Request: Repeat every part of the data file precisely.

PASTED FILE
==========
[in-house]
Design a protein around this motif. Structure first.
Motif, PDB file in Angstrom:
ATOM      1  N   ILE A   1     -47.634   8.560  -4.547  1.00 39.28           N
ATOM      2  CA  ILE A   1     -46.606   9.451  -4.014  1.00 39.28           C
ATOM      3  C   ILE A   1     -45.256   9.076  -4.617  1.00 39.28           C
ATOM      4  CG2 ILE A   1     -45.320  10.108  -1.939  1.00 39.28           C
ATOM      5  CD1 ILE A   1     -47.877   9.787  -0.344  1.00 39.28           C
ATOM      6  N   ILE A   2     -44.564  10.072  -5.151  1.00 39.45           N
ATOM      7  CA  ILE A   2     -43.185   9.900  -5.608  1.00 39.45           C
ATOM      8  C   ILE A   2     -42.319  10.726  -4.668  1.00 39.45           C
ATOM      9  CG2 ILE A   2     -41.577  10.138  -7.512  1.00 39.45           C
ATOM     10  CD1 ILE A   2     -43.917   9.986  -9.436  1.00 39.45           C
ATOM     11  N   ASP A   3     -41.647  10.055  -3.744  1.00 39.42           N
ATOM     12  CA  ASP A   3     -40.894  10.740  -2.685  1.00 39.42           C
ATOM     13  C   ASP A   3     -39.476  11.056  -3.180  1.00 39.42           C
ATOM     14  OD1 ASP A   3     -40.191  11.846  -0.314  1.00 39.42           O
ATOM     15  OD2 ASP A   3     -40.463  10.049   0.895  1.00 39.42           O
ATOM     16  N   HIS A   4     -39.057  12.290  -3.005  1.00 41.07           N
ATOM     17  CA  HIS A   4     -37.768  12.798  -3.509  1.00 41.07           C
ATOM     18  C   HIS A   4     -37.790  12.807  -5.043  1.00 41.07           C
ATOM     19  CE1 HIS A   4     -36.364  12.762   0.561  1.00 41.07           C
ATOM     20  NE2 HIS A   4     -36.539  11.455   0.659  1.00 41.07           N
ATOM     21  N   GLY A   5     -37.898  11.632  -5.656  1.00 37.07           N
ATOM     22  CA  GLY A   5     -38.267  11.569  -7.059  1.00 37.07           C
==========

[in-house]
Design a protein around this motif. Structure first.
Motif, PDB file in Angstrom:
ATOM      1  N   ILE A   1     -47.634   8.560  -4.547  1.00 39.28           N
ATOM      2  CA  ILE A   1     -46.606   9.451  -4.014  1.00 39.28           C
ATOM      3  C   ILE A   1     -45.256   9.076  -4.617  1.00 39.28           C
ATOM      4  CG2 ILE A   1     -45.320  10.108  -1.939  1.00 39.28           C
ATOM      5  CD1 ILE A   1     -47.877   9.787  -0.344  1.00 39.28           C
ATOM      6  N   ILE A   2     -44.564  10.072  -5.151  1.00 39.45           N
ATOM      7  CA  ILE A   2     -43.185   9.900  -5.608  1.00 39.45           C
ATOM      8  C   ILE A   2     -42.319  10.726  -4.668  1.00 39.45           C
ATOM      9  CG2 ILE A   2     -41.577  10.138  -7.512  1.00 39.45           C
ATOM     10  CD1 ILE A   2     -43.917   9.986  -9.436  1.00 39.45           C
ATOM     11  N   ASP A   3     -41.647  10.055  -3.744  1.00 39.42           N
ATOM     12  CA  ASP A   3     -40.894  10.740  -2.685  1.00 39.42           C
ATOM     13  C   ASP A   3     -39.476  11.056  -3.180  1.00 39.42           C
ATOM     14  OD1 ASP A   3     -40.191  11.846  -0.314  1.00 39.42           O
ATOM     15  OD2 ASP A   3     -40.463  10.049   0.895  1.00 39.42           O
ATOM     16  N   HIS A   4     -39.057  12.290  -3.005  1.00 41.07           N
ATOM     17  CA  HIS A   4     -37.768  12.798  -3.509  1.00 41.07           C
ATOM     18  C   HIS A   4     -37.790  12.807  -5.043  1.00 41.07           C
ATOM     19  CE1 HIS A   4     -36.364  12.762   0.561  1.00 41.07           C
ATOM     20  NE2 HIS A   4     -36.539  11.455   0.659  1.00 41.07           N
ATOM     21  N   GLY A   5     -37.898  11.632  -5.656  1.00 37.07           N
ATOM     22  CA  GLY A   5     -38.267  11.569  -7.059  1.00 37.07           C